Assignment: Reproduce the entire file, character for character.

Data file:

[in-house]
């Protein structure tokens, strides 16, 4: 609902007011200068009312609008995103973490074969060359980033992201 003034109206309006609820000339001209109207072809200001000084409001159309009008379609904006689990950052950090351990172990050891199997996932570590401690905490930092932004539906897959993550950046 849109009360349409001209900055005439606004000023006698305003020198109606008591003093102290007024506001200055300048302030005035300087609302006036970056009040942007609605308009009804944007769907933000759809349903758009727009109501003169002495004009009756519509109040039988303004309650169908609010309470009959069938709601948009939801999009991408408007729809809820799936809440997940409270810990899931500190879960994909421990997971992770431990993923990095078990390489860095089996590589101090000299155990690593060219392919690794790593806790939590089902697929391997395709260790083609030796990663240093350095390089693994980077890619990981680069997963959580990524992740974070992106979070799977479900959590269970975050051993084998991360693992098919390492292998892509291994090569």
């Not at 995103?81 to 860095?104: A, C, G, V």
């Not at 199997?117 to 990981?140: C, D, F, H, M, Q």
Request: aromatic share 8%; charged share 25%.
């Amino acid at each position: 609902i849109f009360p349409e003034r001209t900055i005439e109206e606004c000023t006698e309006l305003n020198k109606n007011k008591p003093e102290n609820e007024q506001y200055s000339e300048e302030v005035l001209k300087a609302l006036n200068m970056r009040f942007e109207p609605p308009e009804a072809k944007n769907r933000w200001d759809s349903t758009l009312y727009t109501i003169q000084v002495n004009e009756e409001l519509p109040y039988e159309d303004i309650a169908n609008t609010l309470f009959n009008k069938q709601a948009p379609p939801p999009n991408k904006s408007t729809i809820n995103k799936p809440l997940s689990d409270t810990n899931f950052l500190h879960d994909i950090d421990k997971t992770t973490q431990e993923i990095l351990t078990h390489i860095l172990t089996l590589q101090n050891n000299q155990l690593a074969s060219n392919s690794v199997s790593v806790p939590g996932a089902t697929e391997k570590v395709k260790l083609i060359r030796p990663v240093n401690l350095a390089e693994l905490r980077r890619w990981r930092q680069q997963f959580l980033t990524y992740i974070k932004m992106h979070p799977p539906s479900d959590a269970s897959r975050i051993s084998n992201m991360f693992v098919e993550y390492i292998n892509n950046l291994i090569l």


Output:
[in-house]
């Protein structure tokens, strides 16, 4: 609902007011200068009312609008995103973490074969060359980033992201 003034109206309006609820000339001209109207072809200001000084409001159309009008379609904006689990950052950090351990172990050891199997996932570590401690905490930092932004539906897959993550950046 849109009360349409001209900055005439606004000023006698305003020198109606008591003093102290007024506001200055300048302030005035300087609302006036970056009040942007609605308009009804944007769907933000759809349903758009727009109501003169002495004009009756519509109040039988303004309650169908609010309470009959069938709601948009939801999009991408408007729809809820799936809440997940409270810990899931500190879960994909421990997971992770431990993923990095078990390489860095089996590589101090000299155990690593060219392919690794790593806790939590089902697929391997395709260790083609030796990663240093350095390089693994980077890619990981680069997963959580990524992740974070992106979070799977479900959590269970975050051993084998991360693992098919390492292998892509291994090569």
């Not at 995103?81 to 860095?104: A, C, G, V």
């Not at 199997?117 to 990981?140: C, D, F, H, M, Q």
Request: aromatic share 8%; charged share 25%.
């Amino acid at each position: 609902i849109f009360p349409e003034r001209t900055i005439e109206e606004c000023t006698e309006l305003n020198k109606n007011k008591p003093e102290n609820e007024q506001y200055s000339e300048e302030v005035l001209k300087a609302l006036n200068m970056r009040f942007e109207p609605p308009e009804a072809k944007n769907r933000w200001d759809s349903t758009l009312y727009t109501i003169q000084v002495n004009e009756e409001l519509p109040y039988e159309d303004i309650a169908n609008t609010l309470f009959n009008k069938q709601a948009p379609p939801p999009n991408k904006s408007t729809i809820n995103k799936p809440l997940s689990d409270t810990n899931f950052l500190h879960d994909i950090d421990k997971t992770t973490q431990e993923i990095l351990t078990h390489i860095l172990t089996l590589q101090n050891n000299q155990l690593a074969s060219n392919s690794v199997s790593v806790p939590g996932a089902t697929e391997k570590v395709k260790l083609i060359r030796p990663v240093n401690l350095a390089e693994l905490r980077r890619w990981r930092q680069q997963f959580l980033t990524y992740i974070k932004m992106h979070p799977p539906s479900d959590a269970s897959r975050i051993s084998n992201m991360f693992v098919e993550y390492i292998n892509n950046l291994i090569l």